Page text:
But I want to look at the second part of the graph, where we find a true hedge against losses in financial products in the form of the humble avocado. Avocado demand has, it is true, risen substantially in recent years–those endless articles bewailing Millennial consumption of the fruit aren’t completely without foundation–but over the last two months the price has shot up to a 24-year high. This isn’t anything to do with a sudden, renewed appetite amongst the world’s hipster for guacamole, but comes as a result of two restrictions on the supply-side.
The first, rather brief, was a week-long ban on Mexican avocado imports to the U.S. after a U.S. agricultural inspector was threatened. The second, more fundamentally, is due to worsening conditions for the production of avocados. In Mexico, deforestation in the western state of Michoacan has been severe. Around 20,000 acres of forest are estimated to be lost, on average, each year to avocado growing. But the increased supply of the fruit in turn brings more marginal land into production, reducing the quality and consistency of the output and sparking the kinds of disputes that see food inspectors threatened. Elsewhere in the world, harvests in Kenya have been particularly poor this year, attributed to extreme weather. Aside from growing global demand, avocados have been promoted as a climate-resilient crop, leading to rapid expansion of their planting in places like Kenya where climate change is already damaging harvests.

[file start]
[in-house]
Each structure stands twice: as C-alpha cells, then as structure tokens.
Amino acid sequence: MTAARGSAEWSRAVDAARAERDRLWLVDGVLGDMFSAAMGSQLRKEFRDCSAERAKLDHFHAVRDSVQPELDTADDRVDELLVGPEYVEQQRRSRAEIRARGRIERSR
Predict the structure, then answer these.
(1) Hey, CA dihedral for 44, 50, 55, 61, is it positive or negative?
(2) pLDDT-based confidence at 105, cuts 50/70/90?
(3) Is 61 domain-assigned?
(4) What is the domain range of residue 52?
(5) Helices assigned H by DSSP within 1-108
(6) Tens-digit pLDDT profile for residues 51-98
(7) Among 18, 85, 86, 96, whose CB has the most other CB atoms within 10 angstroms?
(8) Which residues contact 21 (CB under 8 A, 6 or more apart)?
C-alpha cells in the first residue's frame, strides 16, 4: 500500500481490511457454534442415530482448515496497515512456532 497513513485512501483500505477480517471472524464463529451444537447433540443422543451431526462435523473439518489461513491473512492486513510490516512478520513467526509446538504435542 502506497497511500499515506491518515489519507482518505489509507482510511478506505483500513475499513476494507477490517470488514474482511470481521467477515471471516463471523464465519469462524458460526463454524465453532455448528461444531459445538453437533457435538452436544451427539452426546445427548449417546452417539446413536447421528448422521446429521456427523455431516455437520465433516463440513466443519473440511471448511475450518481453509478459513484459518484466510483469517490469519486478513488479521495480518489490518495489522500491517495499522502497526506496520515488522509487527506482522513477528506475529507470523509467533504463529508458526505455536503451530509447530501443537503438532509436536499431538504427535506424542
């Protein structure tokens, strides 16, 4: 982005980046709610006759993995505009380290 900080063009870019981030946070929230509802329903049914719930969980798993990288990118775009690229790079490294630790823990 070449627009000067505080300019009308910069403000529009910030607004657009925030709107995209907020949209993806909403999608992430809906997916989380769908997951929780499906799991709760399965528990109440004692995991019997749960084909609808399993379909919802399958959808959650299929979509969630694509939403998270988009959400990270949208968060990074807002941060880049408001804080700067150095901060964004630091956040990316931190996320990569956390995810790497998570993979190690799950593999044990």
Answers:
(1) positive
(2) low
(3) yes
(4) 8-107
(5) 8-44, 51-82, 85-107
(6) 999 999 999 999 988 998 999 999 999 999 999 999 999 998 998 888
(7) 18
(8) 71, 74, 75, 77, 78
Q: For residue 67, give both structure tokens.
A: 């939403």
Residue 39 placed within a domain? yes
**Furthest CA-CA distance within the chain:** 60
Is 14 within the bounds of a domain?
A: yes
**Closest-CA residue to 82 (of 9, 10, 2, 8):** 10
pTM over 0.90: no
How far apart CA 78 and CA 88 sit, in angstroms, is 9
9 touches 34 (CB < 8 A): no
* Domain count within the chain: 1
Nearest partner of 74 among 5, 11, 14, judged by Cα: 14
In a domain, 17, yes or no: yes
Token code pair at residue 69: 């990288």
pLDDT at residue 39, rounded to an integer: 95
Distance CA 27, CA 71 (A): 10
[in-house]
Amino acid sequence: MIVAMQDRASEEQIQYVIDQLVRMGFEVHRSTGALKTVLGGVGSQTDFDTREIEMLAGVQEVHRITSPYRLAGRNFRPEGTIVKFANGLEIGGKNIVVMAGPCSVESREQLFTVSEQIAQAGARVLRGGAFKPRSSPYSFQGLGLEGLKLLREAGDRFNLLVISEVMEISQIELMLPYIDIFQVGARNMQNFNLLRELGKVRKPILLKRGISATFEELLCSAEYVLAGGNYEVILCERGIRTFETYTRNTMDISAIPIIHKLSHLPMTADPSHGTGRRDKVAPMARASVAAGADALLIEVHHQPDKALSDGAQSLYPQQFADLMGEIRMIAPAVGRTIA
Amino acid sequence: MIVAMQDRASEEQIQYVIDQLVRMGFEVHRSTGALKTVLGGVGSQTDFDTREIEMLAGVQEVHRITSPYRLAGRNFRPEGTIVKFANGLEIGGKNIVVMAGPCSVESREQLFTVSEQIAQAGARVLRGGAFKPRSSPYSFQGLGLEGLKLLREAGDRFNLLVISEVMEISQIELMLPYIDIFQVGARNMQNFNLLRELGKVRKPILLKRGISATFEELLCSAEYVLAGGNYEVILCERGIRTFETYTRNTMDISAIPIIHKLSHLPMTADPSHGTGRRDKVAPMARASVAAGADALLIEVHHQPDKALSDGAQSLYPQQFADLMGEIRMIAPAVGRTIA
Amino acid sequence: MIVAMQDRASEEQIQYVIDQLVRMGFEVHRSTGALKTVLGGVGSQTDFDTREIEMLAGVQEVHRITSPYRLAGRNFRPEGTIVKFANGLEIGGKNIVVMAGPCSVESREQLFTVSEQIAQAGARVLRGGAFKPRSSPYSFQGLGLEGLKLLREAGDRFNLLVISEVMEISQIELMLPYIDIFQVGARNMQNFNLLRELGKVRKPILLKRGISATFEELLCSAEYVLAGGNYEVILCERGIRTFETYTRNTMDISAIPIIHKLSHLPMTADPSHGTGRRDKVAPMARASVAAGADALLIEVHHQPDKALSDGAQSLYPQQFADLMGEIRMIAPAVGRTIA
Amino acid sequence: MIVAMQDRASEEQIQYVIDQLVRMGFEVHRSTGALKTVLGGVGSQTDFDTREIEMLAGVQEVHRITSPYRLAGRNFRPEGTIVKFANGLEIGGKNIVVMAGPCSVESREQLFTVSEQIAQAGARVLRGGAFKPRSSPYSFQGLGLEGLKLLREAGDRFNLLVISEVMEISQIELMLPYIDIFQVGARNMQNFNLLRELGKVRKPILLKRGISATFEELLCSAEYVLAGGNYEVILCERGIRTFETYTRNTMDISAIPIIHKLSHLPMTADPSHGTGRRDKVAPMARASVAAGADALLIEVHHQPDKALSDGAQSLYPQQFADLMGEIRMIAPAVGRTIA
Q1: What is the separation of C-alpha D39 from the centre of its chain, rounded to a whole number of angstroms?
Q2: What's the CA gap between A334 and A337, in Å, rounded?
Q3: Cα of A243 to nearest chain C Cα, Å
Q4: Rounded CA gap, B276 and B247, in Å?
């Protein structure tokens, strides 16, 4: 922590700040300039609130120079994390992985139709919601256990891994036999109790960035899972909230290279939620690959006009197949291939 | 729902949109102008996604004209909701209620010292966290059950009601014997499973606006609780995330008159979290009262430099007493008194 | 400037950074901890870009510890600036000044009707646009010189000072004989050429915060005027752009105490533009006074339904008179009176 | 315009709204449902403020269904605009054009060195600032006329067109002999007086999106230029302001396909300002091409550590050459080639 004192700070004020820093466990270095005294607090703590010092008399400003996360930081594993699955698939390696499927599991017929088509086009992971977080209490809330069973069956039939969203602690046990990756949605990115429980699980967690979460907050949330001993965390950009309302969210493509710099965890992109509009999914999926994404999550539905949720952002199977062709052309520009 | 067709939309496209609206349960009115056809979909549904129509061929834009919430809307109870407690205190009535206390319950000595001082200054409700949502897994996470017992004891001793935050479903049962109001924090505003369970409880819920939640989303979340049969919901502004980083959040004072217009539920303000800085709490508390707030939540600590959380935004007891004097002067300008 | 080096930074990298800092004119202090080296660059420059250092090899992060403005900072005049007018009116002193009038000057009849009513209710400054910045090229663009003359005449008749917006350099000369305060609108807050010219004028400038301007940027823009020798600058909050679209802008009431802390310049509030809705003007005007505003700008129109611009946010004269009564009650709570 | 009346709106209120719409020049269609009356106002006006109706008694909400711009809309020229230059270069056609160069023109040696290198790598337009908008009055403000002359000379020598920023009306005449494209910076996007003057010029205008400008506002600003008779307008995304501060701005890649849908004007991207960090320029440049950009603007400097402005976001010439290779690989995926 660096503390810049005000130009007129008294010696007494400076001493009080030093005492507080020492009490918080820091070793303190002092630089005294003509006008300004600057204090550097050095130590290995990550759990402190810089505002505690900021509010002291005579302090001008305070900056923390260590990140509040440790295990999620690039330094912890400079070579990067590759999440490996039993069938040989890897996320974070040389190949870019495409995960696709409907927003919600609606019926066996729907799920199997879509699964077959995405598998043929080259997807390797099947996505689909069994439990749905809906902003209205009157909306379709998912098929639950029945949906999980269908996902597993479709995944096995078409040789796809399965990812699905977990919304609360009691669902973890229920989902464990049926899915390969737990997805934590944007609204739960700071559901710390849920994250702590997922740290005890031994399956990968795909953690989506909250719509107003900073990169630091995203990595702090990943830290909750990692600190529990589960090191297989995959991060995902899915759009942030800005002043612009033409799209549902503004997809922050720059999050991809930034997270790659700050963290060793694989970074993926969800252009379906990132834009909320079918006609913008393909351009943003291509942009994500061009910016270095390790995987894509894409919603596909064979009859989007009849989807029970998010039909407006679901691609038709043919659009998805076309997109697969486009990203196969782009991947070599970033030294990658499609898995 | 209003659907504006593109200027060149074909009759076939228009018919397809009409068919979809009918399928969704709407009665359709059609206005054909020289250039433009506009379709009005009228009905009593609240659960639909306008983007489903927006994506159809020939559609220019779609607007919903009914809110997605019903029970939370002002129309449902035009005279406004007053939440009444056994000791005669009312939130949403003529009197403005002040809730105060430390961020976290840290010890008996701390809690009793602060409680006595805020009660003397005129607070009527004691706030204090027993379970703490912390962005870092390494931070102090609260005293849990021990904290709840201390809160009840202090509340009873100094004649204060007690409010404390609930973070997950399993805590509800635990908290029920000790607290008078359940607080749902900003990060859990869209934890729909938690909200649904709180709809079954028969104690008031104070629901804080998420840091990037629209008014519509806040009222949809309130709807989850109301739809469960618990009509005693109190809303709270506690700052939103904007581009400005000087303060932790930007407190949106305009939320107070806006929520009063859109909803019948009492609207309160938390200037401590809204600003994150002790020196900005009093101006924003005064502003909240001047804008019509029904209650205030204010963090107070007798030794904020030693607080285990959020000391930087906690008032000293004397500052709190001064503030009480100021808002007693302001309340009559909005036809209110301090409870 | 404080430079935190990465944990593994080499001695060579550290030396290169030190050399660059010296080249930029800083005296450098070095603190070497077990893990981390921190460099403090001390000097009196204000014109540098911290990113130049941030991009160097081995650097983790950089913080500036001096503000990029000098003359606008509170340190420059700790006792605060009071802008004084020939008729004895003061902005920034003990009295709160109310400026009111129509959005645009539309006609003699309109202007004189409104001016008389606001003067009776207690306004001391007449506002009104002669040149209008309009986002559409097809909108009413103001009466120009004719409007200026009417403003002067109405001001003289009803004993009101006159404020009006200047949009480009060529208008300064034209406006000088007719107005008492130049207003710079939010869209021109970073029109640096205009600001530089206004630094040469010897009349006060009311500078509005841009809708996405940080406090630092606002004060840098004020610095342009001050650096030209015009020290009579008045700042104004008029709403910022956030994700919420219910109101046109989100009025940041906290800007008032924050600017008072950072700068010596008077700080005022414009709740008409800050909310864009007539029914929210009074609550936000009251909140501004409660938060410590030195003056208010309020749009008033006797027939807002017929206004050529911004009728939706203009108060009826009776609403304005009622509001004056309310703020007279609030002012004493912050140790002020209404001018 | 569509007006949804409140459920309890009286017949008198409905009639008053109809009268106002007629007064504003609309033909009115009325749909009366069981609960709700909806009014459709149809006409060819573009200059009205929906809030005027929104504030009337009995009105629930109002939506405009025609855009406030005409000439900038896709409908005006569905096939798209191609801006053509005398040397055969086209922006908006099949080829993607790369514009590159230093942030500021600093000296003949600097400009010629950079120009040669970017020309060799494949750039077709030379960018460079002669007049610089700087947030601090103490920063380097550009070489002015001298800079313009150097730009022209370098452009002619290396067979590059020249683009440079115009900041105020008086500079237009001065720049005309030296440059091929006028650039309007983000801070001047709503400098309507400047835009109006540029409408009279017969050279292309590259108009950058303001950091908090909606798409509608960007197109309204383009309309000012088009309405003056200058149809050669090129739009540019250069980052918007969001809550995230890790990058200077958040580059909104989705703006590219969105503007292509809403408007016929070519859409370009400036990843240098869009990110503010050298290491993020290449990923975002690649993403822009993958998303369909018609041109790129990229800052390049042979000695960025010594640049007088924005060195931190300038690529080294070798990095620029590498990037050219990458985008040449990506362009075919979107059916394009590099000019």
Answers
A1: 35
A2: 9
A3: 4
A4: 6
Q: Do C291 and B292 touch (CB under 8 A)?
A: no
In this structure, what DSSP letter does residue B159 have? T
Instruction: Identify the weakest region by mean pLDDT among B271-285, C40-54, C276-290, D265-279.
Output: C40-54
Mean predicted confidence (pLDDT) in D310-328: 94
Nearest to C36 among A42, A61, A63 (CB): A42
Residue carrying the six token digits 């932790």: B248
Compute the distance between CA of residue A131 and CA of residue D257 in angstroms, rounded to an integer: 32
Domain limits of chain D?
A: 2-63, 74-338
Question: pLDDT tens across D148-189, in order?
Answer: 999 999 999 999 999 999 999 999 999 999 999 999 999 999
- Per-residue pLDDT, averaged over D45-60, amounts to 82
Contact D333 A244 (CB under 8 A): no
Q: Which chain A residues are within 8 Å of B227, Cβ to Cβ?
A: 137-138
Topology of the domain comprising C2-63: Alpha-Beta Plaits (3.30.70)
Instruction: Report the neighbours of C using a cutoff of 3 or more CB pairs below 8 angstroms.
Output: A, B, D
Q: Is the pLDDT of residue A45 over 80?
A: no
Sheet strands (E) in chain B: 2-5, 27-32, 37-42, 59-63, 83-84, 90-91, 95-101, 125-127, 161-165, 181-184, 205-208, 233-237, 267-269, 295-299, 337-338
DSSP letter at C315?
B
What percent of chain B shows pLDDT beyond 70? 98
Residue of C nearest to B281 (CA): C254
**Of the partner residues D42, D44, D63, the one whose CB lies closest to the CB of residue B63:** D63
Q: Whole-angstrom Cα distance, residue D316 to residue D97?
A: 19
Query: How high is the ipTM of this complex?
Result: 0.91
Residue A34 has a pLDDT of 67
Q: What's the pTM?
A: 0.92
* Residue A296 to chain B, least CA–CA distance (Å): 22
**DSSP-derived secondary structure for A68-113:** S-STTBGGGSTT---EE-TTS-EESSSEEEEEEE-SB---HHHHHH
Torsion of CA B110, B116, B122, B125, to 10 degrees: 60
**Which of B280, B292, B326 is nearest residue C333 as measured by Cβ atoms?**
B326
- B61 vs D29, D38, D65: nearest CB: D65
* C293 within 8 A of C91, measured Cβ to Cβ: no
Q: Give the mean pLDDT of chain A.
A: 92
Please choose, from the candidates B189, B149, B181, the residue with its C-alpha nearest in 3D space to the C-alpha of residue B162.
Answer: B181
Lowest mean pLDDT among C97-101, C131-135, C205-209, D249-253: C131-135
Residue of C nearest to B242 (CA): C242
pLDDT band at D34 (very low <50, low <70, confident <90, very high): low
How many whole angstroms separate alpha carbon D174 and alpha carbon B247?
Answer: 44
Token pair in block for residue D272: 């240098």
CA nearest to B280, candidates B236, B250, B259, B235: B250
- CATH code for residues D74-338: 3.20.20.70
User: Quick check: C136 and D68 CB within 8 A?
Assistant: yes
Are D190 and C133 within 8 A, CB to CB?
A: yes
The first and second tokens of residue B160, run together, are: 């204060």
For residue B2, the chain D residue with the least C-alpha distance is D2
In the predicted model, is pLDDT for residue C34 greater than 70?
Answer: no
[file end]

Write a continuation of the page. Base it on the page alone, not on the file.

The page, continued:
It’s the last that I particularly want to draw attention to here, since it is the presence of climate change and–especially–the volatility that it brings in its wake that most seriously challenges our conventional understandings of how capitalism operates.
Not just the Green New Deal
You can say something like this to a left audience and get some sage nodding of heads and broad agreement that yes, of course, capitalism is driving us into climate change and of course we need collective solutions, like the so-called Green New Deal, to get ourselves out of it. But I think there’s a serious danger of underestimating not so much how serious the situation is–if anything, we tend towards an unhelpful catastrophism–as failing to think through just how utterly novel it is. The current bout of inflation, across the globe, is, in economics terms, another obvious indicator we have yet been given that irreversible break with the past is in place.